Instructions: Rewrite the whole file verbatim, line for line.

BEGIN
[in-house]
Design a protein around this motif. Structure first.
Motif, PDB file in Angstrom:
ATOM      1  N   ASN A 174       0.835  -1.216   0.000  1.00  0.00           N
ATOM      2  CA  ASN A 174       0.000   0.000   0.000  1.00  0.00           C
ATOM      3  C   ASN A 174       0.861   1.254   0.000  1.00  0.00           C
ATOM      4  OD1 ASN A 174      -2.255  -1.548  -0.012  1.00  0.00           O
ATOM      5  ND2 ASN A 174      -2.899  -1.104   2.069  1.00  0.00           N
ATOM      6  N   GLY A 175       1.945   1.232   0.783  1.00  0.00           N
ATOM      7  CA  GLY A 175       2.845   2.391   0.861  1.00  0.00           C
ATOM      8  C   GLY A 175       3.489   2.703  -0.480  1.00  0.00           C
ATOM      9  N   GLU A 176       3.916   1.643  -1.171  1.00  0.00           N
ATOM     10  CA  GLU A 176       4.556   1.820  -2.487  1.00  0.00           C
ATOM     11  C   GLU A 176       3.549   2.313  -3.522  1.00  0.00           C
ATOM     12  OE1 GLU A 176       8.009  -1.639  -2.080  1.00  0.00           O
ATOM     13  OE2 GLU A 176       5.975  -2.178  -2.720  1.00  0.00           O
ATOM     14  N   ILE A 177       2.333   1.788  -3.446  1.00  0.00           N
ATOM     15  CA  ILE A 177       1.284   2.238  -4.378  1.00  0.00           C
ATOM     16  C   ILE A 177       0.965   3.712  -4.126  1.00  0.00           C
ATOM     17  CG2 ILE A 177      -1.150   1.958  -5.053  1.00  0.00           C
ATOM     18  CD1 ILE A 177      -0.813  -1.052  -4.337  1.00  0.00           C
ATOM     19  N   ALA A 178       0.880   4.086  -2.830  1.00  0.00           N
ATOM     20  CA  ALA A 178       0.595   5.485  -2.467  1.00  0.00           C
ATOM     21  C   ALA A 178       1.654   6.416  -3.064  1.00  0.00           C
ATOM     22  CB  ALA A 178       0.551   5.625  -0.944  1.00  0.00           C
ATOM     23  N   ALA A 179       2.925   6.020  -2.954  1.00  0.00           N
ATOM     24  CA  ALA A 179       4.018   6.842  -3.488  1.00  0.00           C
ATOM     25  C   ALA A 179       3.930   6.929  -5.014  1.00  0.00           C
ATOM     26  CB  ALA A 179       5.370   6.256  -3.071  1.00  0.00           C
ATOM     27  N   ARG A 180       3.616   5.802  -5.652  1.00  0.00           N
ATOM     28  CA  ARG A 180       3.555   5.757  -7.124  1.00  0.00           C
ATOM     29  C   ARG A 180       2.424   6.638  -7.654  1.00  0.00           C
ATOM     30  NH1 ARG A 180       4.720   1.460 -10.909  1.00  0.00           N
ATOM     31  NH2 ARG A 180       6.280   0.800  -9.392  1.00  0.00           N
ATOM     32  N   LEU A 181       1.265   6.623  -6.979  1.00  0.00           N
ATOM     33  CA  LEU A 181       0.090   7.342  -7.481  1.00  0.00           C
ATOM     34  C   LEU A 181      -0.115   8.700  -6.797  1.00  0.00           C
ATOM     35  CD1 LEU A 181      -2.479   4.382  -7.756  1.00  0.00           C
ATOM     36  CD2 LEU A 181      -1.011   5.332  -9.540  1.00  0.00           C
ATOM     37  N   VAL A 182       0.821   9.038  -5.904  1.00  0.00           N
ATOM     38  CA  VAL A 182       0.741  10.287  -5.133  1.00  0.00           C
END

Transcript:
[in-house]
Design a protein around this motif. Structure first.
Motif, PDB file in Angstrom:
ATOM      1  N   ASN A 174       0.835  -1.216   0.000  1.00  0.00           N
ATOM      2  CA  ASN A 174       0.000   0.000   0.000  1.00  0.00           C
ATOM      3  C   ASN A 174       0.861   1.254   0.000  1.00  0.00           C
ATOM      4  OD1 ASN A 174      -2.255  -1.548  -0.012  1.00  0.00           O
ATOM      5  ND2 ASN A 174      -2.899  -1.104   2.069  1.00  0.00           N
ATOM      6  N   GLY A 175       1.945   1.232   0.783  1.00  0.00           N
ATOM      7  CA  GLY A 175       2.845   2.391   0.861  1.00  0.00           C
ATOM      8  C   GLY A 175       3.489   2.703  -0.480  1.00  0.00           C
ATOM      9  N   GLU A 176       3.916   1.643  -1.171  1.00  0.00           N
ATOM     10  CA  GLU A 176       4.556   1.820  -2.487  1.00  0.00           C
ATOM     11  C   GLU A 176       3.549   2.313  -3.522  1.00  0.00           C
ATOM     12  OE1 GLU A 176       8.009  -1.639  -2.080  1.00  0.00           O
ATOM     13  OE2 GLU A 176       5.975  -2.178  -2.720  1.00  0.00           O
ATOM     14  N   ILE A 177       2.333   1.788  -3.446  1.00  0.00           N
ATOM     15  CA  ILE A 177       1.284   2.238  -4.378  1.00  0.00           C
ATOM     16  C   ILE A 177       0.965   3.712  -4.126  1.00  0.00           C
ATOM     17  CG2 ILE A 177      -1.150   1.958  -5.053  1.00  0.00           C
ATOM     18  CD1 ILE A 177      -0.813  -1.052  -4.337  1.00  0.00           C
ATOM     19  N   ALA A 178       0.880   4.086  -2.830  1.00  0.00           N
ATOM     20  CA  ALA A 178       0.595   5.485  -2.467  1.00  0.00           C
ATOM     21  C   ALA A 178       1.654   6.416  -3.064  1.00  0.00           C
ATOM     22  CB  ALA A 178       0.551   5.625  -0.944  1.00  0.00           C
ATOM     23  N   ALA A 179       2.925   6.020  -2.954  1.00  0.00           N
ATOM     24  CA  ALA A 179       4.018   6.842  -3.488  1.00  0.00           C
ATOM     25  C   ALA A 179       3.930   6.929  -5.014  1.00  0.00           C
ATOM     26  CB  ALA A 179       5.370   6.256  -3.071  1.00  0.00           C
ATOM     27  N   ARG A 180       3.616   5.802  -5.652  1.00  0.00           N
ATOM     28  CA  ARG A 180       3.555   5.757  -7.124  1.00  0.00           C
ATOM     29  C   ARG A 180       2.424   6.638  -7.654  1.00  0.00           C
ATOM     30  NH1 ARG A 180       4.720   1.460 -10.909  1.00  0.00           N
ATOM     31  NH2 ARG A 180       6.280   0.800  -9.392  1.00  0.00           N
ATOM     32  N   LEU A 181       1.265   6.623  -6.979  1.00  0.00           N
ATOM     33  CA  LEU A 181       0.090   7.342  -7.481  1.00  0.00           C
ATOM     34  C   LEU A 181      -0.115   8.700  -6.797  1.00  0.00           C
ATOM     35  CD1 LEU A 181      -2.479   4.382  -7.756  1.00  0.00           C
ATOM     36  CD2 LEU A 181      -1.011   5.332  -9.540  1.00  0.00           C
ATOM     37  N   VAL A 182       0.821   9.038  -5.904  1.00  0.00           N
ATOM     38  CA  VAL A 182       0.741  10.287  -5.133  1.00  0.00           C